Explore America’s transformative age of industrialisation, expanding wealth, inequality, and social change with Adam Matthew’s latest primary source collection, The Gilded Age and Progressive Era

10 February 2022

Published product

From the opulent mansions and lavish social scene documented by the Newport Historical Society, to trade union arbitration records for the Pennsylvania Railroad Company, The Gilded Age and Progressive Era charts an age of contradiction.

Featuring papers and correspondence from luminaries of the time including John D Rockefeller Sr, the Astor Family and Edith Wharton; the satirical cartoons of Thomas Nast and Joseph Keppler; material on labour disputes; and the records of rail, steel, and oil corporations; The Gilded Age and Progressive Era sheds light on this transformative period in American history.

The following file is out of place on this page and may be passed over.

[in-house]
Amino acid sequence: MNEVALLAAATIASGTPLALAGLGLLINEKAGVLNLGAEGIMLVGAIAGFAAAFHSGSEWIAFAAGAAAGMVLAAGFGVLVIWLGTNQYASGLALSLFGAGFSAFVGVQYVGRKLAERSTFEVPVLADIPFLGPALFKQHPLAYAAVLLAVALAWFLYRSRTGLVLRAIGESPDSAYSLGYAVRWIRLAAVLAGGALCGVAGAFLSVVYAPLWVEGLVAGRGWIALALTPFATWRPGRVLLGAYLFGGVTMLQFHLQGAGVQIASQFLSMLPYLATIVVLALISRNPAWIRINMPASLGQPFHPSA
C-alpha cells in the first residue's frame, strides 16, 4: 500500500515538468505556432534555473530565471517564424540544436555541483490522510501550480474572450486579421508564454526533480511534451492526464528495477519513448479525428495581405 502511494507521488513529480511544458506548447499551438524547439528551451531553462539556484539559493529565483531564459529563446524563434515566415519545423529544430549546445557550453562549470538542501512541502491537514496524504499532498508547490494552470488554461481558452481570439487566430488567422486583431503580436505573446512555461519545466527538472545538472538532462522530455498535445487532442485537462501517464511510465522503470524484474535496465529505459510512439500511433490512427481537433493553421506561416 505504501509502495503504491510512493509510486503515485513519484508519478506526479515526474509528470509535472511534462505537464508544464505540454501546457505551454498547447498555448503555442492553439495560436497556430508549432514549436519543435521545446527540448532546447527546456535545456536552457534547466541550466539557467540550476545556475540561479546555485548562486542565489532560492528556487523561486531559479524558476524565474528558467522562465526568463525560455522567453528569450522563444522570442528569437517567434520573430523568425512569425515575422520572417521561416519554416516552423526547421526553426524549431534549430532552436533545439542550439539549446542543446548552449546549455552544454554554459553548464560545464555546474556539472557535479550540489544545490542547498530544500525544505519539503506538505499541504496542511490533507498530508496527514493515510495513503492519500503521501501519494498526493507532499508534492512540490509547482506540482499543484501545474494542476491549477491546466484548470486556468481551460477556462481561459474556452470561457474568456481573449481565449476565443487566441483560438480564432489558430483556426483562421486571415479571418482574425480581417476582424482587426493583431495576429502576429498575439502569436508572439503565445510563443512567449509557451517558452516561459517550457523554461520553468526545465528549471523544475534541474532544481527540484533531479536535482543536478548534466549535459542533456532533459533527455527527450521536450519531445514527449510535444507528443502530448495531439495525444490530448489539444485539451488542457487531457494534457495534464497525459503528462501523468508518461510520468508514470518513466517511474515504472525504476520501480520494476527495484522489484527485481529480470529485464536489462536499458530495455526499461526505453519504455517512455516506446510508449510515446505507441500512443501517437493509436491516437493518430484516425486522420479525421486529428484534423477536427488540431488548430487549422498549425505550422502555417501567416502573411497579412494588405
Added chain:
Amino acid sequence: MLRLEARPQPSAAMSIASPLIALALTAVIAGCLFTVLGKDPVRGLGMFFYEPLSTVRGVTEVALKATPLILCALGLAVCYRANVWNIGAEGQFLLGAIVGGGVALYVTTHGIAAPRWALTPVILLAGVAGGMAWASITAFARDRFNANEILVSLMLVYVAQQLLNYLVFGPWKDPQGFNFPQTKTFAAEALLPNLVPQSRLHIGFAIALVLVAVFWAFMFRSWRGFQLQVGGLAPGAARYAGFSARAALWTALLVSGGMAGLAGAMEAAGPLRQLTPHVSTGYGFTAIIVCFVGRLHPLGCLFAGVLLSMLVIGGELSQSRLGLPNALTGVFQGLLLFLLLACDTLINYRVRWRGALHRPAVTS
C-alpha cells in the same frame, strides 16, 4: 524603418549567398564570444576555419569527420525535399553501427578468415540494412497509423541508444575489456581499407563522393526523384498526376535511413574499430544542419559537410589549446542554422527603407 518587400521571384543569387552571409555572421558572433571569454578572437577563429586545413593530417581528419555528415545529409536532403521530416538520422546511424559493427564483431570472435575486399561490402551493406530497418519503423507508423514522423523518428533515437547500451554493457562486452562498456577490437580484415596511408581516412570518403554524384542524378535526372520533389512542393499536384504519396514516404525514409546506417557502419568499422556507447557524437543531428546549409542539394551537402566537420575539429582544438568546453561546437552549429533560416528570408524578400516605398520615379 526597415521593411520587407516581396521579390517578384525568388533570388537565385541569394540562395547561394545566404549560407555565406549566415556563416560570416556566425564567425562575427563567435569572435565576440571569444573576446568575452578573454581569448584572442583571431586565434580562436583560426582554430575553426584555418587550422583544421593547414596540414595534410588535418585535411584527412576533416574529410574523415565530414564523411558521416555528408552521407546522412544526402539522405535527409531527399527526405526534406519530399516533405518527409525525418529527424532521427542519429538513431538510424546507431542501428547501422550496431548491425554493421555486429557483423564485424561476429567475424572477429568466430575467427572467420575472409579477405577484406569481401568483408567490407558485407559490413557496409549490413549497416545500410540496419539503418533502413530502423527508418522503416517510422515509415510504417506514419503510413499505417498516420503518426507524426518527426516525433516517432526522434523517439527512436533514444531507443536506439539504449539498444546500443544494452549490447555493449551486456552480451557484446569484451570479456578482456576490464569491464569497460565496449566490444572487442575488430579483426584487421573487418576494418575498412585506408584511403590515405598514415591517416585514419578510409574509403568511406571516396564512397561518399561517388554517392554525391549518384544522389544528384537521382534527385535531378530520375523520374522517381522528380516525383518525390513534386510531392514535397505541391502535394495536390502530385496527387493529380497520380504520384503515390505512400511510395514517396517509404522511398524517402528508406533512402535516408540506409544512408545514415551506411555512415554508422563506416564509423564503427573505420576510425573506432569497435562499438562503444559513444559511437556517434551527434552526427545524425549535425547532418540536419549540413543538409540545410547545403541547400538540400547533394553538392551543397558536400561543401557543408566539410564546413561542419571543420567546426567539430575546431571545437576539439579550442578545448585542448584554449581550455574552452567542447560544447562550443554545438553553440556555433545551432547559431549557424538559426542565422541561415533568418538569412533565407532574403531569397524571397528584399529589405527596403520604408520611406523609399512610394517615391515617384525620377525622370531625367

The Gilded Age is, indeed, Gilded, not Golden. If you scratch off the surface of all the wonderful new inventions, and technology, and urbanisation, and so forth, you'll find some very, very real problems. Social unrest, poor working conditions, unsafe tenement housing and political corruption were significant issues of the age and the material within this collection from Adam Matthew provides a valuable and unrivalled glimpse into this age of contradictions. To be able to sit down at my convenience and to look at document collections that have been digitised, it's revolutionary.”

Nancy Unger, Professor and Chair, History Department, Santa Clara University

“The Gilded Age and Progressive Era is the most expansive and varied digital collection of primary source material available for the study of the period. A time of huge wealth and rising social inequality, the resource covers a broad range of themes from architecture to labour movements, to philanthropy and progressivism. It stands as a truly varied collection of material charting the contradictions of the age."

Lauren Morgan, Head of Editorial Production, Adam Matthew

To find out more about The Gilded Age and Progressive Era, or to request a free trial of the resource, please visit the Adam Matthew website: amdigital.co.uk/primary-sources/the-gilded-age